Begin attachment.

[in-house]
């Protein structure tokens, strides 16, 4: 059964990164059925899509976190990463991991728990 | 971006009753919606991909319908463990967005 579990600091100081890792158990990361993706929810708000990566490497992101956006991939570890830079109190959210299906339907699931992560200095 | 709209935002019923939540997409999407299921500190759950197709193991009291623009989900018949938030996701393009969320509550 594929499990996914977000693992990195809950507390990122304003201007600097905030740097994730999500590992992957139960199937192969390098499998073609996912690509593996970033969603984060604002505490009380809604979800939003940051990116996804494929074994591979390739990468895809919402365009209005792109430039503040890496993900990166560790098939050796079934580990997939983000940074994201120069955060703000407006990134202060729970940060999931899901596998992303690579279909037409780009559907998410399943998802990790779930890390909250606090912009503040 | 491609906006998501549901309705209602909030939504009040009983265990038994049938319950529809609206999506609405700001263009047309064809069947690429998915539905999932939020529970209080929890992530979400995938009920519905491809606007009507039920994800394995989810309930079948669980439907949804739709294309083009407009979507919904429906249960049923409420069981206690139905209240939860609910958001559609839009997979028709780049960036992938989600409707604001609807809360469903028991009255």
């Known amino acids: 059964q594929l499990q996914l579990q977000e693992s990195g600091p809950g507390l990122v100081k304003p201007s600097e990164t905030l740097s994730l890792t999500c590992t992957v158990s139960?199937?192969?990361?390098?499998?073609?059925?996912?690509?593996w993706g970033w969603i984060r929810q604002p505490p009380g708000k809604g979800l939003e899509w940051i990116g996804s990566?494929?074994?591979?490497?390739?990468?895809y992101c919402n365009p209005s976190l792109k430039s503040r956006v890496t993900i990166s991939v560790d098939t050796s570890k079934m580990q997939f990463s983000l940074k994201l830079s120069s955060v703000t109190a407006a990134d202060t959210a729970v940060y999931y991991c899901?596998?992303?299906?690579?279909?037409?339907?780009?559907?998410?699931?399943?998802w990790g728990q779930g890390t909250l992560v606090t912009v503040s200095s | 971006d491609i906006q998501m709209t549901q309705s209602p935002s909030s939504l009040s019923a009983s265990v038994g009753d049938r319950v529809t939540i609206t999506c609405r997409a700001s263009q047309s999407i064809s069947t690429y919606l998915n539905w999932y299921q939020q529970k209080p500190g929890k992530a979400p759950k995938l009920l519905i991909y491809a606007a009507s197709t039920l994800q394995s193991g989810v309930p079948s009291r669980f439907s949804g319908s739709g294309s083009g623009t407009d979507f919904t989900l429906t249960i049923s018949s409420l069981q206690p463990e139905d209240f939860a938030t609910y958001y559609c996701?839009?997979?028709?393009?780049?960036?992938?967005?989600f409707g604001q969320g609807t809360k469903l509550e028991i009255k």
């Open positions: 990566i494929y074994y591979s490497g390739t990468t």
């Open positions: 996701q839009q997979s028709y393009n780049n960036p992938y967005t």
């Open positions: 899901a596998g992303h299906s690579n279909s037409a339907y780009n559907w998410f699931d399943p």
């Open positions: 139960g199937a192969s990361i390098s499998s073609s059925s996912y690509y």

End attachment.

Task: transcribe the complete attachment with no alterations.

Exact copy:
[in-house]
């Protein structure tokens, strides 16, 4: 059964990164059925899509976190990463991991728990 | 971006009753919606991909319908463990967005 579990600091100081890792158990990361993706929810708000990566490497992101956006991939570890830079109190959210299906339907699931992560200095 | 709209935002019923939540997409999407299921500190759950197709193991009291623009989900018949938030996701393009969320509550 594929499990996914977000693992990195809950507390990122304003201007600097905030740097994730999500590992992957139960199937192969390098499998073609996912690509593996970033969603984060604002505490009380809604979800939003940051990116996804494929074994591979390739990468895809919402365009209005792109430039503040890496993900990166560790098939050796079934580990997939983000940074994201120069955060703000407006990134202060729970940060999931899901596998992303690579279909037409780009559907998410399943998802990790779930890390909250606090912009503040 | 491609906006998501549901309705209602909030939504009040009983265990038994049938319950529809609206999506609405700001263009047309064809069947690429998915539905999932939020529970209080929890992530979400995938009920519905491809606007009507039920994800394995989810309930079948669980439907949804739709294309083009407009979507919904429906249960049923409420069981206690139905209240939860609910958001559609839009997979028709780049960036992938989600409707604001609807809360469903028991009255």
């Known amino acids: 059964q594929l499990q996914l579990q977000e693992s990195g600091p809950g507390l990122v100081k304003p201007s600097e990164t905030l740097s994730l890792t999500c590992t992957v158990s139960?199937?192969?990361?390098?499998?073609?059925?996912?690509?593996w993706g970033w969603i984060r929810q604002p505490p009380g708000k809604g979800l939003e899509w940051i990116g996804s990566?494929?074994?591979?490497?390739?990468?895809y992101c919402n365009p209005s976190l792109k430039s503040r956006v890496t993900i990166s991939v560790d098939t050796s570890k079934m580990q997939f990463s983000l940074k994201l830079s120069s955060v703000t109190a407006a990134d202060t959210a729970v940060y999931y991991c899901?596998?992303?299906?690579?279909?037409?339907?780009?559907?998410?699931?399943?998802w990790g728990q779930g890390t909250l992560v606090t912009v503040s200095s | 971006d491609i906006q998501m709209t549901q309705s209602p935002s909030s939504l009040s019923a009983s265990v038994g009753d049938r319950v529809t939540i609206t999506c609405r997409a700001s263009q047309s999407i064809s069947t690429y919606l998915n539905w999932y299921q939020q529970k209080p500190g929890k992530a979400p759950k995938l009920l519905i991909y491809a606007a009507s197709t039920l994800q394995s193991g989810v309930p079948s009291r669980f439907s949804g319908s739709g294309s083009g623009t407009d979507f919904t989900l429906t249960i049923s018949s409420l069981q206690p463990e139905d209240f939860a938030t609910y958001y559609c996701?839009?997979?028709?393009?780049?960036?992938?967005?989600f409707g604001q969320g609807t809360k469903l509550e028991i009255k």
């Open positions: 990566i494929y074994y591979s490497g390739t990468t």
């Open positions: 996701q839009q997979s028709y393009n780049n960036p992938y967005t």
């Open positions: 899901a596998g992303h299906s690579n279909s037409a339907y780009n559907w998410f699931d399943p």
């Open positions: 139960g199937a192969s990361i390098s499998s073609s059925s996912y690509y």